The purchase of corporate renewable power rose to record-breaking levels in 2018, with data from Bloomberg New Energy Finance (BNEF) showing that companies around the world bought 13,400 MW of clean energy, more than twice the previous record of 6,100 MW set in 2017.
“We have seen more interest than ever before, not just in terms of total capacity, but there are also a higher number of first-time buyers than previously,” says Kevin Haley, who until recently was manager of the Rocky Mountain Institute’s Business Renewables Center, now director of the Renewable Energy Buyers Alliance, which helps corporations to procure clean energy.
Companies increasingly recognize the business value in sourcing sustainable energy to lower their carbon footprint. It has become an important business strategy because it is something that investors, customers and employees want to see.
A changing landscape
There are a number of reasons behind this growth in corporate procurement. The Paris Agreement on climate change, in which 195 countries committed to try to limit average temperature increases to “well below 2°C”, set the scene for concerted action by governments around the world.
At the same time, more companies are publicly committing to procure renewable energy or reduce their carbon footprint through initiatives such as RE100 and Science Based Targets, while 100% clean energy targets have also been set by U.S. states and cities including California and the nation’s capital, Washington, D.C. At a national level, too, governments have visions of similar sustainable goals – the Netherlands has set an energy agenda that will work towards achieving 100% sustainable energy by 2050.
This combination of greater regulatory certainty and increased demand has coincided with a change in the way governments have supported renewable energy. There has been a shift from support schemes such as feed-in tariffs – which focused more on increasing capacity than cutting costs – to auction-based policies that encourage greater competition and drive down prices.
The impact of new developments
Ongoing technological advances have seen the cost of wind and solar power, in particular, fall to record low levels. “Affordable wind and solar costs have really enticed companies to look for renewable energy,” Haley says.
Renewables are now the most competitive form of new energy in most markets. As renewable power has become as cost-effective and, in some cases, cheaper than fossil fuel plants, there has increasingly been adoption based purely on economic reasons.
The costs of solar PV modules are down 84% globally since 2010, while wind turbine costs are down 32% over the same period, BNEF found in its 2018 New Energy Outlook. Costs in the emerging battery storage sector are following a similar trajectory.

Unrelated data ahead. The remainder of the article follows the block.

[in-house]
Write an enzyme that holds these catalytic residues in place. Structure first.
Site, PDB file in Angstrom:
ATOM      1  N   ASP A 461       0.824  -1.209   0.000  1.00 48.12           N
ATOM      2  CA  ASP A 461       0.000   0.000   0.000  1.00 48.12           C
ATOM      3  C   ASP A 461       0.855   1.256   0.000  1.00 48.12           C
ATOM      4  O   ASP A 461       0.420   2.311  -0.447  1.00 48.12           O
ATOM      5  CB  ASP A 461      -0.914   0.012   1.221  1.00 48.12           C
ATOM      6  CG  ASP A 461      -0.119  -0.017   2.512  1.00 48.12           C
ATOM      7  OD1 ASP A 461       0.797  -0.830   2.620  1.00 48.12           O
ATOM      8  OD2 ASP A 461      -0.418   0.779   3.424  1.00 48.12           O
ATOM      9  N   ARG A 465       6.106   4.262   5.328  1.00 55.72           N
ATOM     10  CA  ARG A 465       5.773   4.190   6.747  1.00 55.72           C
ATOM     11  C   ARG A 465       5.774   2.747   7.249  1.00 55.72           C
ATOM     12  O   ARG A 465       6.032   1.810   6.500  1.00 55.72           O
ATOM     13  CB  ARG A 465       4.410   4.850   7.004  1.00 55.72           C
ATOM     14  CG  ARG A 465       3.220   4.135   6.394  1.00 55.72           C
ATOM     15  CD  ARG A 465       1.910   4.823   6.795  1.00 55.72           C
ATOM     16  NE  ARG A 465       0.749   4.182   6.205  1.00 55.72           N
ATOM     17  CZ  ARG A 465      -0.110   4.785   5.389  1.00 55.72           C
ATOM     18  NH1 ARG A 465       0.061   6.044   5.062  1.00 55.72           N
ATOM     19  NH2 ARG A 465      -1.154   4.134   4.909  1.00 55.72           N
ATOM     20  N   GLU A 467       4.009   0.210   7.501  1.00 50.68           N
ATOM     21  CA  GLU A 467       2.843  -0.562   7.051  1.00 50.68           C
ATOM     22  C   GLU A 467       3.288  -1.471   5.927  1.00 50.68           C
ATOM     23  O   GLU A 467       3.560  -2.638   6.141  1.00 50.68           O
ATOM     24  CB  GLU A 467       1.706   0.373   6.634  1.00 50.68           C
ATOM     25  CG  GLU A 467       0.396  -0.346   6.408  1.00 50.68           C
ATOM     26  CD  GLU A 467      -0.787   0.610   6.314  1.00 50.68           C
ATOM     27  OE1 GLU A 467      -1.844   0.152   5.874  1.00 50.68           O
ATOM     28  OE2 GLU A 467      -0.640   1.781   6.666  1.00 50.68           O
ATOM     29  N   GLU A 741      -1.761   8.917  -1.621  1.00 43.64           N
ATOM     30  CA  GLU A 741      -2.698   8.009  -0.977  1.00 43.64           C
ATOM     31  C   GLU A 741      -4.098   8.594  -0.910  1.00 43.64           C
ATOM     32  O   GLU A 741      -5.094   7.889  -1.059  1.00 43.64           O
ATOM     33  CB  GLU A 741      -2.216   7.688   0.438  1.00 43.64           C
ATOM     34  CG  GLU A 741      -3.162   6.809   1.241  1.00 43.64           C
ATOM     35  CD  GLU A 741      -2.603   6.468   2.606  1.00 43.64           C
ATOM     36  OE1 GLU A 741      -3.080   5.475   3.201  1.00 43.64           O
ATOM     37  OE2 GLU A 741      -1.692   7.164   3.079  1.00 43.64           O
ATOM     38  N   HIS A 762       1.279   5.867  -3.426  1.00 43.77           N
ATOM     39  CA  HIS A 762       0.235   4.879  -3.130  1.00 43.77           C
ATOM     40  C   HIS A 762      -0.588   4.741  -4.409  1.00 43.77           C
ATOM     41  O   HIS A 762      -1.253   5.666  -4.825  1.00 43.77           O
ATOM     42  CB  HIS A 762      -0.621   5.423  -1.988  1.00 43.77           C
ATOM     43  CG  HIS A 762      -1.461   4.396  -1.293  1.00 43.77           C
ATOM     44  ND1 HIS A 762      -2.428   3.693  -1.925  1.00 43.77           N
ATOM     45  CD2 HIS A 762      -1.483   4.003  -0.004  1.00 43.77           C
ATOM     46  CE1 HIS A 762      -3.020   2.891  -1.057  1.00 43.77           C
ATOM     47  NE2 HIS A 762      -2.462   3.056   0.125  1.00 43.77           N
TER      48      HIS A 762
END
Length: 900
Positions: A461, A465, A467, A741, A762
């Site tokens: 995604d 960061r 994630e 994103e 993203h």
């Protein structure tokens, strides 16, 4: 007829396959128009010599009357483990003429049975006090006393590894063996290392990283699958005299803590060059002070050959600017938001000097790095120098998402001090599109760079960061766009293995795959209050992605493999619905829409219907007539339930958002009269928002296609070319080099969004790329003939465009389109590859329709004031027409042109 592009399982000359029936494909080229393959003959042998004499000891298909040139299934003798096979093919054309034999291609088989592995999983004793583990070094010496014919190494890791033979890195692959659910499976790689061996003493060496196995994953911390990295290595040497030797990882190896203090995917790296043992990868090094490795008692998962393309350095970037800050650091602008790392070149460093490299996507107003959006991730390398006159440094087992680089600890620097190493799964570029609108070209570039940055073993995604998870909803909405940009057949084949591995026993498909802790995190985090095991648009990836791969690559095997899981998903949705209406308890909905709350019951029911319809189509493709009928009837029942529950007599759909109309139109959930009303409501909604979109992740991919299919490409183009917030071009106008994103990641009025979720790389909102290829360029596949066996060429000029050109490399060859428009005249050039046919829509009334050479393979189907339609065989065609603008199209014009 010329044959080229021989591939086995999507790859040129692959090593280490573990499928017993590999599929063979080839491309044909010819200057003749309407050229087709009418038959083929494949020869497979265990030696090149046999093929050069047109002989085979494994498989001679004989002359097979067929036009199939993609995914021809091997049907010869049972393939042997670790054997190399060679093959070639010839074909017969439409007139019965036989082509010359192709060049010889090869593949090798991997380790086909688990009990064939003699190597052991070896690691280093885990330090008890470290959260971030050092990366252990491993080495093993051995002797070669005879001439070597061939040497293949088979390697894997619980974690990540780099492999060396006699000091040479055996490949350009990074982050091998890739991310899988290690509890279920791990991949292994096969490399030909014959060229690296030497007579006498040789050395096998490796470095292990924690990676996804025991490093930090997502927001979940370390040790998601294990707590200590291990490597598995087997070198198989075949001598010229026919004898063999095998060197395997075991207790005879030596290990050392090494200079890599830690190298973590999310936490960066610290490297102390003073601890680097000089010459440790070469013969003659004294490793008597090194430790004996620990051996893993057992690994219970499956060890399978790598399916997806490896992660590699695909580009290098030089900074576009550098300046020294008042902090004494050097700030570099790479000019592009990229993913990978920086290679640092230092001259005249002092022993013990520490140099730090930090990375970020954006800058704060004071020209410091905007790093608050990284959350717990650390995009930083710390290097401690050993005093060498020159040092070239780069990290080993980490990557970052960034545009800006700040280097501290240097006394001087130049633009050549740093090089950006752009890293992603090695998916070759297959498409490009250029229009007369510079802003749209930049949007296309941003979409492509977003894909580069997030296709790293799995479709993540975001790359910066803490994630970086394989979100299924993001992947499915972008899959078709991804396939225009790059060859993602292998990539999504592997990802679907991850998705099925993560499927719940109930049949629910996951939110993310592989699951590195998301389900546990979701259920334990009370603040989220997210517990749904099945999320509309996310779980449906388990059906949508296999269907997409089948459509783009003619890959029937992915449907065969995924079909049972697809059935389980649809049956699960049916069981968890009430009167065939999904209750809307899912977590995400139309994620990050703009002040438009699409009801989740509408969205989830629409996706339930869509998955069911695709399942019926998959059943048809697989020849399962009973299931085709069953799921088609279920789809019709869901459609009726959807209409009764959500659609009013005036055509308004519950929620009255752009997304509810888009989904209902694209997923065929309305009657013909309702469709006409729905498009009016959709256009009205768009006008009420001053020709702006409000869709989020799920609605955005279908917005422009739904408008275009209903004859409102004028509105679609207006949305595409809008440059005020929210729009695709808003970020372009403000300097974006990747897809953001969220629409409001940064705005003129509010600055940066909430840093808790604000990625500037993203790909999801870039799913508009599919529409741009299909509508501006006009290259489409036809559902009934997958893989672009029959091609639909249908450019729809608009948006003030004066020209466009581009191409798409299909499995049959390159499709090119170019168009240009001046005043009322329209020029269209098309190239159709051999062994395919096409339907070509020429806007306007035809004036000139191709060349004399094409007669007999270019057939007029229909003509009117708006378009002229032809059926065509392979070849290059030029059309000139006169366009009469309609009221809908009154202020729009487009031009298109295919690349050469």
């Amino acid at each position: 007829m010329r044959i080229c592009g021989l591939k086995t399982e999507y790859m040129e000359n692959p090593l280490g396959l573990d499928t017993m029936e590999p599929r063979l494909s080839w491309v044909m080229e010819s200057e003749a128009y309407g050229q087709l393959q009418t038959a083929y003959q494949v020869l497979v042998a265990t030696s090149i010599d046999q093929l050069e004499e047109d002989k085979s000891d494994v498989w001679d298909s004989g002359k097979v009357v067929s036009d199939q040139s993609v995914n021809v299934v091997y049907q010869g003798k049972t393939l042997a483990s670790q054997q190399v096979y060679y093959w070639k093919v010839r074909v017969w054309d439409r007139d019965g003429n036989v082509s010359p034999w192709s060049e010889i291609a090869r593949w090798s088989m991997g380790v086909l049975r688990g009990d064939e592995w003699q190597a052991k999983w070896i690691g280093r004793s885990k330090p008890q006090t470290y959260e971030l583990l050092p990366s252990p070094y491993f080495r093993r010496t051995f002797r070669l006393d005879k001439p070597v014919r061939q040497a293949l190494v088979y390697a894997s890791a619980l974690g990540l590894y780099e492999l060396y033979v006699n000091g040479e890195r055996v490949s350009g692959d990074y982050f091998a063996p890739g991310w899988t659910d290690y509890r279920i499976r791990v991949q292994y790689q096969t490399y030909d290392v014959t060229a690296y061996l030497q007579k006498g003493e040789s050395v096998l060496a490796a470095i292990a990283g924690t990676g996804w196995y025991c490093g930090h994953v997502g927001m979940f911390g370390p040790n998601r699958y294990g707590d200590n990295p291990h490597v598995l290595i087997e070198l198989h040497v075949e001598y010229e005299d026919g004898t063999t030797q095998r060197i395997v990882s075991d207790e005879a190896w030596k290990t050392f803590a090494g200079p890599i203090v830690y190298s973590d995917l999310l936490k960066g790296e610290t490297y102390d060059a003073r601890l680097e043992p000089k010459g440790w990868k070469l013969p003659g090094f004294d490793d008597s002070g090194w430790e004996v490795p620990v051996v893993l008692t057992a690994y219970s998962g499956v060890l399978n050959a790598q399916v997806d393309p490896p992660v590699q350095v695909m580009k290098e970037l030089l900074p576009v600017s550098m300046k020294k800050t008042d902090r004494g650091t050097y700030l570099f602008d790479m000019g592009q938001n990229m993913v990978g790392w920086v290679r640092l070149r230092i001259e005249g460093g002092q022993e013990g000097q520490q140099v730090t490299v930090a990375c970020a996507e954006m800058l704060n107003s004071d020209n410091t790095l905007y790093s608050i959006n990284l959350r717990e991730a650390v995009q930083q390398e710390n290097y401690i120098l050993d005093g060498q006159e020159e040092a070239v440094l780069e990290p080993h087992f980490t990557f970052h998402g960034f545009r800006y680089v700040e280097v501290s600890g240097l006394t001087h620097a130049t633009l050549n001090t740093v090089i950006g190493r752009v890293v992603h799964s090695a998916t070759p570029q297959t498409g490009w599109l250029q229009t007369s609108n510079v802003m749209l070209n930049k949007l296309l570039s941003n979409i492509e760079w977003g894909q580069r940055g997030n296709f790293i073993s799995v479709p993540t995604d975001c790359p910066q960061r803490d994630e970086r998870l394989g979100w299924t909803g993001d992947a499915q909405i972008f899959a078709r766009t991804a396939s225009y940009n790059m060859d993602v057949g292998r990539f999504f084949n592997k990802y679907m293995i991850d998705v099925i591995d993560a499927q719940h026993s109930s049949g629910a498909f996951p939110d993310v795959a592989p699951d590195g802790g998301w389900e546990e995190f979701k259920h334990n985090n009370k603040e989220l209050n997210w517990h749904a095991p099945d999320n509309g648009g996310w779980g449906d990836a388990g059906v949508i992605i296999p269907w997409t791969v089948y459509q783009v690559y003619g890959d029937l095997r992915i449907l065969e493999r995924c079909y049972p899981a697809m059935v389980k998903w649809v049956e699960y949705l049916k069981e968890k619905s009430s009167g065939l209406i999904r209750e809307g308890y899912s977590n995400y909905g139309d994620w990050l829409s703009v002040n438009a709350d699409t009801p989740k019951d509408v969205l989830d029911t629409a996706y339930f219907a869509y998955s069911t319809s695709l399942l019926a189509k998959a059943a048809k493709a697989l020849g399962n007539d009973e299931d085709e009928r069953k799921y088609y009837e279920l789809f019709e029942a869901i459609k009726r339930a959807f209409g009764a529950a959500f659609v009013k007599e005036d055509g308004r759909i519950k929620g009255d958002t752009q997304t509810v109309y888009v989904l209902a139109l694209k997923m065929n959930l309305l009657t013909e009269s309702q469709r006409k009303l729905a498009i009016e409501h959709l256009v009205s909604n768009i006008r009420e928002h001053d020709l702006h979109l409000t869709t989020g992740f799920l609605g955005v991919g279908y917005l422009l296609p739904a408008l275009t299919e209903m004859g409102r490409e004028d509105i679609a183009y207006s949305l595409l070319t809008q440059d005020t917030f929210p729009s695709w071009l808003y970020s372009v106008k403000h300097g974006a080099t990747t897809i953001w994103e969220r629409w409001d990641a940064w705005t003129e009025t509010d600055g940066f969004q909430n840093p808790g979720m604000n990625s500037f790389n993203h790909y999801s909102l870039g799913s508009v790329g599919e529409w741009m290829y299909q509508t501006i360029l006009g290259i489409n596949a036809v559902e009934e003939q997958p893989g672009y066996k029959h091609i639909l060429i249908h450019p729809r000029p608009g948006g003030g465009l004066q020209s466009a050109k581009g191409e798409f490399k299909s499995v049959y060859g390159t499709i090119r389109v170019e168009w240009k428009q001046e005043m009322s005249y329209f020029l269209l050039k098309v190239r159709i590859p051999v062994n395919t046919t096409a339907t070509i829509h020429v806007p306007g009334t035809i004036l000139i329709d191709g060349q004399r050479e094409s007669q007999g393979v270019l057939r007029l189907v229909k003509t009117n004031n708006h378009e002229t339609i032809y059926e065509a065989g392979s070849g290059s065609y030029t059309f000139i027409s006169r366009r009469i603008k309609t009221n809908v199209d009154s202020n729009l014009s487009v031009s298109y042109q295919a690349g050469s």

Many of the issues associated with the intermittent nature of wind and solar are being overcome, allowing renewable projects to offer a range of energy services such as demand response, frequency modulation and peak shaving.
Many utilities have created Green Tariffs in response to the growing demand for clean energy, with around a quarter of new corporate clean energy purchases coming via Green Tariffs.
Corporate demand is also leading directly to the creation of new renewable energy projects. Haley says: “Some 20-25% of all new renewable capacity in the U.S. is being backed by corporate entities. New projects are being financed due to this backing. If those companies were not doing that, we would see significantly fewer renewables coming onto the grid.”
Are markets ready to expand?
To date, the corporate market for renewables has been dominated by the U.S. and Nordic regions, which comprised 80% of sales to July 2018. However, Haley says that other markets are starting to take off.
“Europe and China are very interesting and there are a lot of opportunities in Australia and Canada, while India and Japan are on our radar as places where interesting things are about to happen.” India, in particular, has set an ambitious 175 GW renewable capacity target by 2022 and has made significant strides in recent years through solar energy generation.
Although market momentum continues to grow, policy barriers remain in some markets.
“In some markets, corporations are not allowed to procure renewable energy directly,” says Haley. “However, we’re now seeing more companies talking to governments, asking them to open up markets. There is more understanding from policymakers in places like China and Japan that companies are serious about this, and that it can be a win-win for companies and the country.”
While the first few years of corporate clean energy procurement were dominated by large tech and IT-focused companies, in part because their data centers use so much electricity, buyers are now coming from other sectors, too.
Renewables adoption is spreading to other sectors including even some surprising areas like heavy industry, says Haley.
Indeed, it is now common within this most energy-intensive of industries for organisations to sign bilateral PPAs with hydro generators, given the proven track record of hydros delivering reliable, clean, low-cost power.
“Looking forward, as purchasing options increase and transaction complexity and risk is decreased, we believe there will be new buyers from every sector of the economy procuring renewables to capture the benefits of low-cost power, reduction of ‘scope two emissions’, and meeting customer and investor expectations around sustainability.”
Companies signed up to RE100 will need to buy an additional 190 TWh of clean electricity in 2030 to meet their targets, BNEF estimates. If this energy were to come from offsite solar and wind PPAs, it would catalyze an estimated 102 GW of new solar and wind build globally, more than the U.K.’s entire power generation fleet in 2017.